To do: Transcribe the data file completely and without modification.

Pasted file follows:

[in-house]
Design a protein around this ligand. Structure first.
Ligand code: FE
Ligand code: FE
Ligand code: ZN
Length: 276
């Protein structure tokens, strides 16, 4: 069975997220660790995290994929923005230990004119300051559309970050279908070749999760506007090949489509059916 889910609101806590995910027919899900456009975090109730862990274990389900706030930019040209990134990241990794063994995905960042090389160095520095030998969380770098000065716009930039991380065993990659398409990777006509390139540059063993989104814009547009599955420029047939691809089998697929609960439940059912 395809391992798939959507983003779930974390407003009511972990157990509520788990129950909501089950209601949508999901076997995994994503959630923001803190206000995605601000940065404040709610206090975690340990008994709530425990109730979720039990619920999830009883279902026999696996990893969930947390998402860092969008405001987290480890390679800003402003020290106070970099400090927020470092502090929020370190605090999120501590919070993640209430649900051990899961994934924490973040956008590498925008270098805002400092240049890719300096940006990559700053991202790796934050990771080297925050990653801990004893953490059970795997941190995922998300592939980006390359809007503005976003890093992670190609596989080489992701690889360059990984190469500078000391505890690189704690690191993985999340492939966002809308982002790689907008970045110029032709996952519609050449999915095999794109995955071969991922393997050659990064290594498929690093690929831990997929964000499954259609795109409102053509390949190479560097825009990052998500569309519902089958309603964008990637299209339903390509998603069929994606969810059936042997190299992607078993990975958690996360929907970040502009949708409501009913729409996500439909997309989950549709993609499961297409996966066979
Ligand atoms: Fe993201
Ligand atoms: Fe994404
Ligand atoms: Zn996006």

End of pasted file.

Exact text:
[in-house]
Design a protein around this ligand. Structure first.
Ligand code: FE
Ligand code: FE
Ligand code: ZN
Length: 276
């Protein structure tokens, strides 16, 4: 069975997220660790995290994929923005230990004119300051559309970050279908070749999760506007090949489509059916 889910609101806590995910027919899900456009975090109730862990274990389900706030930019040209990134990241990794063994995905960042090389160095520095030998969380770098000065716009930039991380065993990659398409990777006509390139540059063993989104814009547009599955420029047939691809089998697929609960439940059912 395809391992798939959507983003779930974390407003009511972990157990509520788990129950909501089950209601949508999901076997995994994503959630923001803190206000995605601000940065404040709610206090975690340990008994709530425990109730979720039990619920999830009883279902026999696996990893969930947390998402860092969008405001987290480890390679800003402003020290106070970099400090927020470092502090929020370190605090999120501590919070993640209430649900051990899961994934924490973040956008590498925008270098805002400092240049890719300096940006990559700053991202790796934050990771080297925050990653801990004893953490059970795997941190995922998300592939980006390359809007503005976003890093992670190609596989080489992701690889360059990984190469500078000391505890690189704690690191993985999340492939966002809308982002790689907008970045110029032709996952519609050449999915095999794109995955071969991922393997050659990064290594498929690093690929831990997929964000499954259609795109409102053509390949190479560097825009990052998500569309519902089958309603964008990637299209339903390509998603069929994606969810059936042997190299992607078993990975958690996360929907970040502009949708409501009913729409996500439909997309989950549709993609499961297409996966066979
Ligand atoms: Fe993201
Ligand atoms: Fe994404
Ligand atoms: Zn996006």